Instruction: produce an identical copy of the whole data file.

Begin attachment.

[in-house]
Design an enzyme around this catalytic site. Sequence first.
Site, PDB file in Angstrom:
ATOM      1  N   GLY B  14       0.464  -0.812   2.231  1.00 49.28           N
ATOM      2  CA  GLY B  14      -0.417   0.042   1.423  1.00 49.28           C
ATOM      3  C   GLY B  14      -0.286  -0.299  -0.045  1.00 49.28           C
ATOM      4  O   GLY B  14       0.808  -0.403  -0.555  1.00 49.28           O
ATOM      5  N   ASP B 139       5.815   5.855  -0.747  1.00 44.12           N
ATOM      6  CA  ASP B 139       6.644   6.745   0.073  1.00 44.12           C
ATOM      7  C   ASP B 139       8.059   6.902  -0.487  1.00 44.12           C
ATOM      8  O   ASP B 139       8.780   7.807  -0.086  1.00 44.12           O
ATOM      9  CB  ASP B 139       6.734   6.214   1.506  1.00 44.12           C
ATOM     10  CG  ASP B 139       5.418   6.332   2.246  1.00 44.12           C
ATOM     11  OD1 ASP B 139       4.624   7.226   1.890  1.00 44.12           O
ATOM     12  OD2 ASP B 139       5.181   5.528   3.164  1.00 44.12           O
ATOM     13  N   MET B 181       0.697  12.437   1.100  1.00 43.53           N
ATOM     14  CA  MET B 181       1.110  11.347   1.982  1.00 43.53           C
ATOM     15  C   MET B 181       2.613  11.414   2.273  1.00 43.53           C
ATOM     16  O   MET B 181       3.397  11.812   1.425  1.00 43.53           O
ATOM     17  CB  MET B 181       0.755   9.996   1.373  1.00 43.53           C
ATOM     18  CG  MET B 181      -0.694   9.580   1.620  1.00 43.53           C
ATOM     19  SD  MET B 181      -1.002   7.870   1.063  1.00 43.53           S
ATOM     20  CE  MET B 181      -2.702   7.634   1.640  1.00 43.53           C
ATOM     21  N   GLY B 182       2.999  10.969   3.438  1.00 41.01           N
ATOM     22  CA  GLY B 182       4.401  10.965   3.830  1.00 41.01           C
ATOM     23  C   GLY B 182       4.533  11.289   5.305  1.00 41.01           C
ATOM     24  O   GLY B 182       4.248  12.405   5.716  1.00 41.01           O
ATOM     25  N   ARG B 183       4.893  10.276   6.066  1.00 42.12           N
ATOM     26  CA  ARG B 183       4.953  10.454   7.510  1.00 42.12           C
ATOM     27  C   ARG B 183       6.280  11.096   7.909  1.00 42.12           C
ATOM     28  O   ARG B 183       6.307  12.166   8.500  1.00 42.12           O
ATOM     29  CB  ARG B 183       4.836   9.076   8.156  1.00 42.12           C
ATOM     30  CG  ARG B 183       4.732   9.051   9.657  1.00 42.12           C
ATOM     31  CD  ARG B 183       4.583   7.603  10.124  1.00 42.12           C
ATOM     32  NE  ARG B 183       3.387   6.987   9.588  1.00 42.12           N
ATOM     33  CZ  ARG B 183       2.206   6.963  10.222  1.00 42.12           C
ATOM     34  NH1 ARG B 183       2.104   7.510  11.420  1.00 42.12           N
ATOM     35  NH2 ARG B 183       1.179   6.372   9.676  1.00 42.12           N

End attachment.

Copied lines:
[in-house]
Design an enzyme around this catalytic site. Sequence first.
Site, PDB file in Angstrom:
ATOM      1  N   GLY B  14       0.464  -0.812   2.231  1.00 49.28           N
ATOM      2  CA  GLY B  14      -0.417   0.042   1.423  1.00 49.28           C
ATOM      3  C   GLY B  14      -0.286  -0.299  -0.045  1.00 49.28           C
ATOM      4  O   GLY B  14       0.808  -0.403  -0.555  1.00 49.28           O
ATOM      5  N   ASP B 139       5.815   5.855  -0.747  1.00 44.12           N
ATOM      6  CA  ASP B 139       6.644   6.745   0.073  1.00 44.12           C
ATOM      7  C   ASP B 139       8.059   6.902  -0.487  1.00 44.12           C
ATOM      8  O   ASP B 139       8.780   7.807  -0.086  1.00 44.12           O
ATOM      9  CB  ASP B 139       6.734   6.214   1.506  1.00 44.12           C
ATOM     10  CG  ASP B 139       5.418   6.332   2.246  1.00 44.12           C
ATOM     11  OD1 ASP B 139       4.624   7.226   1.890  1.00 44.12           O
ATOM     12  OD2 ASP B 139       5.181   5.528   3.164  1.00 44.12           O
ATOM     13  N   MET B 181       0.697  12.437   1.100  1.00 43.53           N
ATOM     14  CA  MET B 181       1.110  11.347   1.982  1.00 43.53           C
ATOM     15  C   MET B 181       2.613  11.414   2.273  1.00 43.53           C
ATOM     16  O   MET B 181       3.397  11.812   1.425  1.00 43.53           O
ATOM     17  CB  MET B 181       0.755   9.996   1.373  1.00 43.53           C
ATOM     18  CG  MET B 181      -0.694   9.580   1.620  1.00 43.53           C
ATOM     19  SD  MET B 181      -1.002   7.870   1.063  1.00 43.53           S
ATOM     20  CE  MET B 181      -2.702   7.634   1.640  1.00 43.53           C
ATOM     21  N   GLY B 182       2.999  10.969   3.438  1.00 41.01           N
ATOM     22  CA  GLY B 182       4.401  10.965   3.830  1.00 41.01           C
ATOM     23  C   GLY B 182       4.533  11.289   5.305  1.00 41.01           C
ATOM     24  O   GLY B 182       4.248  12.405   5.716  1.00 41.01           O
ATOM     25  N   ARG B 183       4.893  10.276   6.066  1.00 42.12           N
ATOM     26  CA  ARG B 183       4.953  10.454   7.510  1.00 42.12           C
ATOM     27  C   ARG B 183       6.280  11.096   7.909  1.00 42.12           C
ATOM     28  O   ARG B 183       6.307  12.166   8.500  1.00 42.12           O
ATOM     29  CB  ARG B 183       4.836   9.076   8.156  1.00 42.12           C
ATOM     30  CG  ARG B 183       4.732   9.051   9.657  1.00 42.12           C
ATOM     31  CD  ARG B 183       4.583   7.603  10.124  1.00 42.12           C
ATOM     32  NE  ARG B 183       3.387   6.987   9.588  1.00 42.12           N
ATOM     33  CZ  ARG B 183       2.206   6.963  10.222  1.00 42.12           C
ATOM     34  NH1 ARG B 183       2.104   7.510  11.420  1.00 42.12           N
ATOM     35  NH2 ARG B 183       1.179   6.372   9.676  1.00 42.12           N